Right Ventricular Metabolism and Its Efficiency

Clinical Aspects and Future Directions
  • Keiichiro YoshinagaEmail author
  • Hiroshi Ohira
  • Ichizo Tsujino
  • Osamu Manabe
  • Takahiro Sato
  • Chietsugu Katoh
  • Katsuhiko Kasai
  • Yuuki Tomiyama
  • Masaharu Nishimura
  • Nagara Tamaki
Open Access
Conference paper


Background: Elevated pulmonary arterial pressure may increase right ventricular (RV) oxidative metabolism in patients with pulmonary hypertension (PH) and heart failure (HF). 11C- acetate positron emission tomography (PET) can be used to measure RV oxidative metabolism noninvasively. The combination of RV oxidative metabolism and cardiac work, as estimated by cardiac magnetic resonance imaging (CMR), indicates RV efficiency and can provide new insights. However, the clinical importance of these markers has not been fully studied. The purpose of this study was to investigate the possible impacts of these markers in patients with PH through 11C-acetate PET.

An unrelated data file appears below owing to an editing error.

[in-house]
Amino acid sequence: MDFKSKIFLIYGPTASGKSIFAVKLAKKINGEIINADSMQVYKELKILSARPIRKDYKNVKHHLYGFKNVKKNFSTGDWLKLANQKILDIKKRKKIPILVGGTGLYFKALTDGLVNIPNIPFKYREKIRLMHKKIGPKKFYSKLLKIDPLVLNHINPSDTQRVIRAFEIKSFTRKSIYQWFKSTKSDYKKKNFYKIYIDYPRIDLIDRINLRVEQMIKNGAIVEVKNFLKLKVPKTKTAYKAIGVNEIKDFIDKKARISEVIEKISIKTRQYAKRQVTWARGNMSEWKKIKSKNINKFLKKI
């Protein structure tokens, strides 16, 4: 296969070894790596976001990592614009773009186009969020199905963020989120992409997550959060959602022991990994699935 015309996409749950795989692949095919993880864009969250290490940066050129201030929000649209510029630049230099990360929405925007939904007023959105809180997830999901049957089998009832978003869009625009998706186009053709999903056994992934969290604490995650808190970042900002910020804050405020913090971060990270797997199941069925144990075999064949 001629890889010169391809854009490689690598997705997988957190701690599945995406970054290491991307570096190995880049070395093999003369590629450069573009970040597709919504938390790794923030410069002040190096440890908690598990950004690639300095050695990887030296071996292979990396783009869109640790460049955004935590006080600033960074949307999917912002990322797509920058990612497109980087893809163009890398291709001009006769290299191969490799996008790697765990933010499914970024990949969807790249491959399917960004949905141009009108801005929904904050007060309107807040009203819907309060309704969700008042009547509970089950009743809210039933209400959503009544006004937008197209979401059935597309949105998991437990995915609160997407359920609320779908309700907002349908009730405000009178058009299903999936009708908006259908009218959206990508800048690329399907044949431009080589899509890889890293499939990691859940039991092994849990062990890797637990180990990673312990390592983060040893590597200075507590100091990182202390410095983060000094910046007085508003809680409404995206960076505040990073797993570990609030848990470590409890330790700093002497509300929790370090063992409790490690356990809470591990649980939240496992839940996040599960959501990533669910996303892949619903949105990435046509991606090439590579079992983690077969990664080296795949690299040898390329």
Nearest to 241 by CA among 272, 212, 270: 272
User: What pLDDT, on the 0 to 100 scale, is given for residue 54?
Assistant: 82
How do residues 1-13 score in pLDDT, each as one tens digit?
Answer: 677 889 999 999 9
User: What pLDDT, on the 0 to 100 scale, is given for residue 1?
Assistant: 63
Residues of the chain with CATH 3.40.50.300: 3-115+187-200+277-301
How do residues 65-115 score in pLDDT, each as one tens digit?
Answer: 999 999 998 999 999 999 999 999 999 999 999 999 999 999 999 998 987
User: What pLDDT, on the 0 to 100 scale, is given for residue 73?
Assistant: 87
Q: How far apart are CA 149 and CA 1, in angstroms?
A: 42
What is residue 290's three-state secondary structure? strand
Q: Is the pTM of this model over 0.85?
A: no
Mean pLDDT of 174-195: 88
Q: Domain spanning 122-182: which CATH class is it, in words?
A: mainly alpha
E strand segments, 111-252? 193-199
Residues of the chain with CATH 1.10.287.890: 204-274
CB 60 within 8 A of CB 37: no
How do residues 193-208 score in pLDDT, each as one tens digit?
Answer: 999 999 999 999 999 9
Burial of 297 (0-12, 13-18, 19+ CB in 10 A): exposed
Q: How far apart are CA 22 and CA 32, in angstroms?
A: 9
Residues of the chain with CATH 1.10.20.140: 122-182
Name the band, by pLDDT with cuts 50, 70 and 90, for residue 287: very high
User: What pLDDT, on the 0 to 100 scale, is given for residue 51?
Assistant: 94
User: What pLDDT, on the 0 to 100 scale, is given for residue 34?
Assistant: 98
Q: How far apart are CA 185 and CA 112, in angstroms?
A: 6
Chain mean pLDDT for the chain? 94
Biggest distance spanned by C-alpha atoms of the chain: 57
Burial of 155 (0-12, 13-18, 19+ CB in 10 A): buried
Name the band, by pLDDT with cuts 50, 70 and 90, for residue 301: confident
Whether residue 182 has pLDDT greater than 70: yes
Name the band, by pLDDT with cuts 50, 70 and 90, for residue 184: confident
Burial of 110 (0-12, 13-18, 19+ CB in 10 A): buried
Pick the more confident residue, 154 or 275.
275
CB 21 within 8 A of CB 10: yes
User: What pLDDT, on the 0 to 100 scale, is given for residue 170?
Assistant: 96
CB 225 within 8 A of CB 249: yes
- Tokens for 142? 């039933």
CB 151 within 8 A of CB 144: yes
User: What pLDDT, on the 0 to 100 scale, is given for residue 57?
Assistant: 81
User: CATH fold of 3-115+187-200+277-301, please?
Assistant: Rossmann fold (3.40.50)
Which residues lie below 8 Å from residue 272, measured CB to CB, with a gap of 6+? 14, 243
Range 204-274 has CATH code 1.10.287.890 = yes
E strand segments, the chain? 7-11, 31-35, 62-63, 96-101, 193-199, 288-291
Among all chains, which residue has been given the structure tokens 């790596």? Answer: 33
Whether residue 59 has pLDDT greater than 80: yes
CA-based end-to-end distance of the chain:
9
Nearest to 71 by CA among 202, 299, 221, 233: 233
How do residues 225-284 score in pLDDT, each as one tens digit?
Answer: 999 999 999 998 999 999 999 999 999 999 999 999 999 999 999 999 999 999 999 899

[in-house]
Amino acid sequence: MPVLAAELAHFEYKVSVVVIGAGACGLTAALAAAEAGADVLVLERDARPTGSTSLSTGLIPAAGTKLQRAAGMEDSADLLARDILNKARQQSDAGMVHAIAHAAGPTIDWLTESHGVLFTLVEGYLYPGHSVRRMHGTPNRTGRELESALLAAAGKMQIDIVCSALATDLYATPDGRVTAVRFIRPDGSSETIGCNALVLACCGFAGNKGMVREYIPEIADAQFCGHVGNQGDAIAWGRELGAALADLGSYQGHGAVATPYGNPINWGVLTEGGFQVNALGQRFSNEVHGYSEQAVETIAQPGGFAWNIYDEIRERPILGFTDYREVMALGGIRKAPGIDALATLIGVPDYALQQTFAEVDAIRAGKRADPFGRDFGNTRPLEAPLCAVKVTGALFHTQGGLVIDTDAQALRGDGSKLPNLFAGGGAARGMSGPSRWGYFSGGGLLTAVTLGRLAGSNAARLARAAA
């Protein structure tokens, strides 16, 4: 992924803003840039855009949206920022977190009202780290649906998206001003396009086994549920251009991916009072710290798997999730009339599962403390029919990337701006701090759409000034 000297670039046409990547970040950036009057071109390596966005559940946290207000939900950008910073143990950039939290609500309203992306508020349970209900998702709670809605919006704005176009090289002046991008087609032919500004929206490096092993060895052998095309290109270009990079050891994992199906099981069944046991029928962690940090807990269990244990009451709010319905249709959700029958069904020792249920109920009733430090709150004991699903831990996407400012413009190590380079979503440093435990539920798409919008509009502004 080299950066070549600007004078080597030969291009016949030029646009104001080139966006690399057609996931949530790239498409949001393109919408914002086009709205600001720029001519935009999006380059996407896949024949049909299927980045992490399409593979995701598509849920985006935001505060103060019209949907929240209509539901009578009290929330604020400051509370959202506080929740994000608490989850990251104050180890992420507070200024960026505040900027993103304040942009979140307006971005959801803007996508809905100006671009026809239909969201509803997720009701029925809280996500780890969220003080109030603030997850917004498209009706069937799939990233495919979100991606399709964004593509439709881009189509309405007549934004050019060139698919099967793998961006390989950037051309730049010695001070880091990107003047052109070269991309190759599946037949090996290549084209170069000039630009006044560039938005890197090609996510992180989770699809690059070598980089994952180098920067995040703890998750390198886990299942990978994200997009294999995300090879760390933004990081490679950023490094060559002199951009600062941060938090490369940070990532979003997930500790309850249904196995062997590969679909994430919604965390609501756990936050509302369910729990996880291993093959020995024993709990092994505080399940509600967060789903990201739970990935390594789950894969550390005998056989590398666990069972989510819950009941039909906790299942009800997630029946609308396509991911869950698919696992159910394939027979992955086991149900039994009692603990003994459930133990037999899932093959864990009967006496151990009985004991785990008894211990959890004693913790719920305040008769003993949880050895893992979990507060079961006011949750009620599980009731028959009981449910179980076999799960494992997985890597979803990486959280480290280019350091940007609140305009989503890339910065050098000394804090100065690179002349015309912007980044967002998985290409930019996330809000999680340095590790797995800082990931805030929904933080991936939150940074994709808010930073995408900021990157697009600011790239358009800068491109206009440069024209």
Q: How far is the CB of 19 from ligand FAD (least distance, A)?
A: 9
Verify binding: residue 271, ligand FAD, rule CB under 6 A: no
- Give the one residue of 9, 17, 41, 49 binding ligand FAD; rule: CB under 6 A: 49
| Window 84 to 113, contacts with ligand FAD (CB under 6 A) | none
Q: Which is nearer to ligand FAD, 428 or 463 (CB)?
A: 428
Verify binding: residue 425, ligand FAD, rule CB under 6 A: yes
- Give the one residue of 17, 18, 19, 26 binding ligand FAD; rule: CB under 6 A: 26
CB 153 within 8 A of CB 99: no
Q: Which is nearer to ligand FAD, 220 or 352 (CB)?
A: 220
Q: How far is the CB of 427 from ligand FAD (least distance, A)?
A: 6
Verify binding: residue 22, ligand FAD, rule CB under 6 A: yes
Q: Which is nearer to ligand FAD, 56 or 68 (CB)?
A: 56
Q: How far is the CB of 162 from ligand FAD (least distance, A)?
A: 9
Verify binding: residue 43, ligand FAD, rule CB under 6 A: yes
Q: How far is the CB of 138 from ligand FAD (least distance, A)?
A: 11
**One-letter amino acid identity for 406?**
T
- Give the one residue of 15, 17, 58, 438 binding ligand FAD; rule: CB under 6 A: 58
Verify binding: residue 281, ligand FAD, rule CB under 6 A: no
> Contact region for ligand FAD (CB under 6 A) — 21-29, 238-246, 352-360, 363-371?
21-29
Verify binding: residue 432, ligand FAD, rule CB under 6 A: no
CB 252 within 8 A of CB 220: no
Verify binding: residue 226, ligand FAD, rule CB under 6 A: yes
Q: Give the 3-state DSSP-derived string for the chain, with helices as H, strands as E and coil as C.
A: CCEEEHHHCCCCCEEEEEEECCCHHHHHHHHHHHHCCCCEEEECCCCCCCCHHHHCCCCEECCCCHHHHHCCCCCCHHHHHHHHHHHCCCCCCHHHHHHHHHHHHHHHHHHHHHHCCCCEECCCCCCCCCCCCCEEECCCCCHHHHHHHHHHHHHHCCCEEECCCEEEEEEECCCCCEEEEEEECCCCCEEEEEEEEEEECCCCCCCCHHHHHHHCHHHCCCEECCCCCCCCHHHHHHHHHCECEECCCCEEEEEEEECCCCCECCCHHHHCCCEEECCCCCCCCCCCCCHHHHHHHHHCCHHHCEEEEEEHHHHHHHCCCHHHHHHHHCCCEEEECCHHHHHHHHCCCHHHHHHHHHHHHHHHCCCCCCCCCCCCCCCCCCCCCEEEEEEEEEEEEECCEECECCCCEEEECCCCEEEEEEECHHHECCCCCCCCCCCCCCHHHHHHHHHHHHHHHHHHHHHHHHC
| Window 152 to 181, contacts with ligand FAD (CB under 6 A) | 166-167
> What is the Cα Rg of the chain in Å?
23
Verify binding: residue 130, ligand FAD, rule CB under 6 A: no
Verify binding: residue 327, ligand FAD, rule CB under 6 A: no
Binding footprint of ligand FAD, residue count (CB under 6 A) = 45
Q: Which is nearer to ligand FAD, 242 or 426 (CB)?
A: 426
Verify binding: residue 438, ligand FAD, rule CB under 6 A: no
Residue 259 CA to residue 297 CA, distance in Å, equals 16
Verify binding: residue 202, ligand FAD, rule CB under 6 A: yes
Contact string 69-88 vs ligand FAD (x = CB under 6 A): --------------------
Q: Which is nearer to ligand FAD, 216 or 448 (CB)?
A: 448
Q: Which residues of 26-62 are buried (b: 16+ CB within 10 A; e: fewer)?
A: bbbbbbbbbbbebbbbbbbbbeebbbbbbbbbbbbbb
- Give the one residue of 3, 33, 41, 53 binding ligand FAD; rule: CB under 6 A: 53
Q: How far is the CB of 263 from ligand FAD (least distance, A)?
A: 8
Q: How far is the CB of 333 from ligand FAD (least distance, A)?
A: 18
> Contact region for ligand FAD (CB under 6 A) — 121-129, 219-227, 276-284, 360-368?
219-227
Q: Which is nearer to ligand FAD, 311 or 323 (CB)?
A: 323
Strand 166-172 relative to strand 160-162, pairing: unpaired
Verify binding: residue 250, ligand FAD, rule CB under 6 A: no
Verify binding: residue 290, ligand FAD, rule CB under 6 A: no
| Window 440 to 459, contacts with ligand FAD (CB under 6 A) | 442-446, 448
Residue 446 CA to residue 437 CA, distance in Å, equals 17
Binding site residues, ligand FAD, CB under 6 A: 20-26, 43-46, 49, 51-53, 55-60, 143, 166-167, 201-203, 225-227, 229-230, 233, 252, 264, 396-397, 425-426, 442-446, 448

Methods: Ventricular function was assessed using magnetic resonance imaging (MRI). Dynamic 11C-acetate PET was used to simultaneously measure RV and left ventricular (LV) oxidative metabolism (kmono). The RV myocardial work per oxygen consumption index was calculated as follows: [RV stroke volume index (SVI)/RV kmono]. PH patients who had additional or increased doses of PH-specific vasodilator(s), based on the joint guidelines of the European Society of Cardiology (ESC) and European Respiratory Society (ERS) for the diagnosis and management of PH, were compared with five PH patients who had no treatment modification (control group).

Results: PH patients showed higher RV kmono than did controls (P < 0.05). RV oxidative metabolism was correlated with the mean pulmonary arterial pressure (mPAP) (r = 0.44, P = 0.021), pulmonary vascular resistance (PVR) (R = 0.56, P = 0.002), and brain natriuretic peptide (BNP) (R = 0.42, P = 0.029). Members of the PH therapy group had reduced RV oxidative metabolism (P = 0.002) and improved RV work/oxygen consumption index (P < 0.001).